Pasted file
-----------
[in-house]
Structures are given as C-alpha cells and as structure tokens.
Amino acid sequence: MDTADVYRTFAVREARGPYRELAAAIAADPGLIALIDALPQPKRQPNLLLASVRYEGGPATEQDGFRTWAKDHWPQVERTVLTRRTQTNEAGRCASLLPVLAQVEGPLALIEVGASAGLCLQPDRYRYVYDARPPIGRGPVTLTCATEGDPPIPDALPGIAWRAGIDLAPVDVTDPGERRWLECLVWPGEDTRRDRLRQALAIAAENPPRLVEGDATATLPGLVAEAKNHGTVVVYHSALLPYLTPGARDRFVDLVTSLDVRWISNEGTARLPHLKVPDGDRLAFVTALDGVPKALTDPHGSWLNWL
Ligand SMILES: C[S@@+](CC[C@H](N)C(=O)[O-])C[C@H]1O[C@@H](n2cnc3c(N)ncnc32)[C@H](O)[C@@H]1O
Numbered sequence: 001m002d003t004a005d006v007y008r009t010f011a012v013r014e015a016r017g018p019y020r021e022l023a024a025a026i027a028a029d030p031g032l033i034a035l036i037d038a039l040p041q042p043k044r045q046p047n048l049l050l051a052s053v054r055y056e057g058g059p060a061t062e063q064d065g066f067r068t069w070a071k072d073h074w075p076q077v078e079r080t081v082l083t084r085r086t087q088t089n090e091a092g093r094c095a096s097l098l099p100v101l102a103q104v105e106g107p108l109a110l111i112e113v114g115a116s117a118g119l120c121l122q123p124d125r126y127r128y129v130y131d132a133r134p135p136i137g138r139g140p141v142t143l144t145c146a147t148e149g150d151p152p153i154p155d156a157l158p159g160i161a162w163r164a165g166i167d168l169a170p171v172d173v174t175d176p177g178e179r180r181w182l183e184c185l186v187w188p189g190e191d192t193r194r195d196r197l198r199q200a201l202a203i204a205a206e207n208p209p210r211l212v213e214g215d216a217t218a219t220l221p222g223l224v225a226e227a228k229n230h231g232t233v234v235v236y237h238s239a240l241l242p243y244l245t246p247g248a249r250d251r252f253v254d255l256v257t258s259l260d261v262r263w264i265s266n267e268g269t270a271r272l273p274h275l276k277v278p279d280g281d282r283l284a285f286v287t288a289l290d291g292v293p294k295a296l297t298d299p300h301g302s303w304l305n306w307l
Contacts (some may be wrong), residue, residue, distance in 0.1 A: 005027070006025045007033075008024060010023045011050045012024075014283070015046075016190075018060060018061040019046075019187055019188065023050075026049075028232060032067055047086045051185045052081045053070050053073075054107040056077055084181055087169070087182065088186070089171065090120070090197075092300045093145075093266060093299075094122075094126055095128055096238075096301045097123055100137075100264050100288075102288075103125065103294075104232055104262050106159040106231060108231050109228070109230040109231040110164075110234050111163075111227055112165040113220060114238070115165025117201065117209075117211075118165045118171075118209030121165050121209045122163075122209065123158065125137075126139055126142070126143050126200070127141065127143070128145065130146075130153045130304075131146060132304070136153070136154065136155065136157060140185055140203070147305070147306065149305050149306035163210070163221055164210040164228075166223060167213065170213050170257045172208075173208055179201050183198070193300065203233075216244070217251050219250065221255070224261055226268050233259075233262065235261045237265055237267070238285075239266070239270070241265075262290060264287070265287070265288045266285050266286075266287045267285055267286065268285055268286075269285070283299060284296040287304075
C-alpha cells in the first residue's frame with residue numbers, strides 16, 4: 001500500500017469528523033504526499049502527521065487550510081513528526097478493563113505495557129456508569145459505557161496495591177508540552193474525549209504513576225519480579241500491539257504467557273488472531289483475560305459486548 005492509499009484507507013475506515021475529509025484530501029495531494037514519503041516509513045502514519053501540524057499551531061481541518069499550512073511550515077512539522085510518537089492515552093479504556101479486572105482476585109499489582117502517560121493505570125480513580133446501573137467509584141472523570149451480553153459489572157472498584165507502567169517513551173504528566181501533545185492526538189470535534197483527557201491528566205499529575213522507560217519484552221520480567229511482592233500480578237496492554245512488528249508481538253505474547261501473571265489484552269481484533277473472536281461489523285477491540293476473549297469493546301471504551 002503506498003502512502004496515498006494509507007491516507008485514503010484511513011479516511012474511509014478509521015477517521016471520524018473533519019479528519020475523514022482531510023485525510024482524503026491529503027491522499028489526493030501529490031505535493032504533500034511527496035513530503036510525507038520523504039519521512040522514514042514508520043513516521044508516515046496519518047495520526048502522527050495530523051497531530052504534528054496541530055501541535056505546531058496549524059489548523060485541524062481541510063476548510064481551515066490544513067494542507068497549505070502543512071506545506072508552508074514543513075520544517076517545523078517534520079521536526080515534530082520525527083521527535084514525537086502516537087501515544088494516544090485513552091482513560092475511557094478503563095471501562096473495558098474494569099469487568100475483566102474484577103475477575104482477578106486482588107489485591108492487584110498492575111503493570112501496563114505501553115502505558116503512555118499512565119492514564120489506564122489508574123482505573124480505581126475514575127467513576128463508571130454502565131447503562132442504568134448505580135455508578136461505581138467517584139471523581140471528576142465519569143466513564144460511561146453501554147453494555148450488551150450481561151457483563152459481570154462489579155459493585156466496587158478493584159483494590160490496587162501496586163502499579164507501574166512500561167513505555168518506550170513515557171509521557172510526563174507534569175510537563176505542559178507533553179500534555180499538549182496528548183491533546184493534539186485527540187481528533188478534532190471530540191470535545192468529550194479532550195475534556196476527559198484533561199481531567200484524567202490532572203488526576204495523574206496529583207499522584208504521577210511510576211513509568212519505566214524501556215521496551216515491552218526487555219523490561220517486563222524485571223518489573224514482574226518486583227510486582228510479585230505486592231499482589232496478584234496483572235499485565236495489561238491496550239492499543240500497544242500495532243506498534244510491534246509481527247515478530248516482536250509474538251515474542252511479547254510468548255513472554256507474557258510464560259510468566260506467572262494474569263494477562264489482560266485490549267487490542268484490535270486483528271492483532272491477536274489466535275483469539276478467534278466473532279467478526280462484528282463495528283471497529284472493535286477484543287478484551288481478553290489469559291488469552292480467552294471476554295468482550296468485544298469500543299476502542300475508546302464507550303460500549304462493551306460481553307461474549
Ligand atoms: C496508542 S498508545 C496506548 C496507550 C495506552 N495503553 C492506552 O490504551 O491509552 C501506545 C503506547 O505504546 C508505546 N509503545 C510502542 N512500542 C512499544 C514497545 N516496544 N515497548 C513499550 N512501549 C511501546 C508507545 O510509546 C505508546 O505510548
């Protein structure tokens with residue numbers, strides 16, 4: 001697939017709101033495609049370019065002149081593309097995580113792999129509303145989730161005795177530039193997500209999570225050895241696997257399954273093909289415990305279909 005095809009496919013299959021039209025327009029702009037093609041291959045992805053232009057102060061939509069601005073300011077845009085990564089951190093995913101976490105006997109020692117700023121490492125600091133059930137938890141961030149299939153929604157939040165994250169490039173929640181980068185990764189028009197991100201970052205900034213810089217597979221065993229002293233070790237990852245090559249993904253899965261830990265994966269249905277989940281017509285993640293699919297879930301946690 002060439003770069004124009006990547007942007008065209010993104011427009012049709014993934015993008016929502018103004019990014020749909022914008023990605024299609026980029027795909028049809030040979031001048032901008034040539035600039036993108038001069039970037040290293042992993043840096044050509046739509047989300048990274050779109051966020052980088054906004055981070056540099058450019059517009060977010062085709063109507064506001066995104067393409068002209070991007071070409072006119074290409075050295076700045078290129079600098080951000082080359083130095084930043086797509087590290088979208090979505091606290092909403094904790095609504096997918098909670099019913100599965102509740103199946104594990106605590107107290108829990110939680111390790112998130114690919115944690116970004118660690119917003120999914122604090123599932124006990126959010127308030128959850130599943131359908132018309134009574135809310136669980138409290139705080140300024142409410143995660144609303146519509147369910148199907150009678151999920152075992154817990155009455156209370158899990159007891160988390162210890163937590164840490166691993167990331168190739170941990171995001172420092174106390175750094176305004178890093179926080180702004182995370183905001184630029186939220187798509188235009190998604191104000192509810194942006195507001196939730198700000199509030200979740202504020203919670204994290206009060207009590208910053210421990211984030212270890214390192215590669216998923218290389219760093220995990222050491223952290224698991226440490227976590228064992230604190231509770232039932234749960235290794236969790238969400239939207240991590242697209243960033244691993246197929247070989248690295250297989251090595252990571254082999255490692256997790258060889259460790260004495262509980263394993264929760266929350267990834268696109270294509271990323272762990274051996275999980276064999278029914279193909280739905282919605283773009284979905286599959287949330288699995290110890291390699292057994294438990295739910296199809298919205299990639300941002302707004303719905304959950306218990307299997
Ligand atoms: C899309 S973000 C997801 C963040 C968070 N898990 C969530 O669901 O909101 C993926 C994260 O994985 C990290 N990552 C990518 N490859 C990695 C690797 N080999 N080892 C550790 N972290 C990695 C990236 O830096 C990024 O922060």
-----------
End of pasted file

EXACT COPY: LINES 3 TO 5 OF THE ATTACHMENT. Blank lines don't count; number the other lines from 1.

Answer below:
Amino acid sequence: MDTADVYRTFAVREARGPYRELAAAIAADPGLIALIDALPQPKRQPNLLLASVRYEGGPATEQDGFRTWAKDHWPQVERTVLTRRTQTNEAGRCASLLPVLAQVEGPLALIEVGASAGLCLQPDRYRYVYDARPPIGRGPVTLTCATEGDPPIPDALPGIAWRAGIDLAPVDVTDPGERRWLECLVWPGEDTRRDRLRQALAIAAENPPRLVEGDATATLPGLVAEAKNHGTVVVYHSALLPYLTPGARDRFVDLVTSLDVRWISNEGTARLPHLKVPDGDRLAFVTALDGVPKALTDPHGSWLNWL
Ligand SMILES: C[S@@+](CC[C@H](N)C(=O)[O-])C[C@H]1O[C@@H](n2cnc3c(N)ncnc32)[C@H](O)[C@@H]1O
Numbered sequence: 001m002d003t004a005d006v007y008r009t010f011a012v013r014e015a016r017g018p019y020r021e022l023a024a025a026i027a028a029d030p031g032l033i034a035l036i037d038a039l040p041q042p043k044r045q046p047n048l049l050l051a052s053v054r055y056e057g058g059p060a061t062e063q064d065g066f067r068t069w070a071k072d073h074w075p076q077v078e079r080t081v082l083t084r085r086t087q088t089n090e091a092g093r094c095a096s097l098l099p100v101l102a103q104v105e106g107p108l109a110l111i112e113v114g115a116s117a118g119l120c121l122q123p124d125r126y127r128y129v130y131d132a133r134p135p136i137g138r139g140p141v142t143l144t145c146a147t148e149g150d151p152p153i154p155d156a157l158p159g160i161a162w163r164a165g166i167d168l169a170p171v172d173v174t175d176p177g178e179r180r181w182l183e184c185l186v187w188p189g190e191d192t193r194r195d196r197l198r199q200a201l202a203i204a205a206e207n208p209p210r211l212v213e214g215d216a217t218a219t220l221p222g223l224v225a226e227a228k229n230h231g232t233v234v235v236y237h238s239a240l241l242p243y244l245t246p247g248a249r250d251r252f253v254d255l256v257t258s259l260d261v262r263w264i265s266n267e268g269t270a271r272l273p274h275l276k277v278p279d280g281d282r283l284a285f286v287t288a289l290d291g292v293p294k295a296l297t298d299p300h301g302s303w304l305n306w307l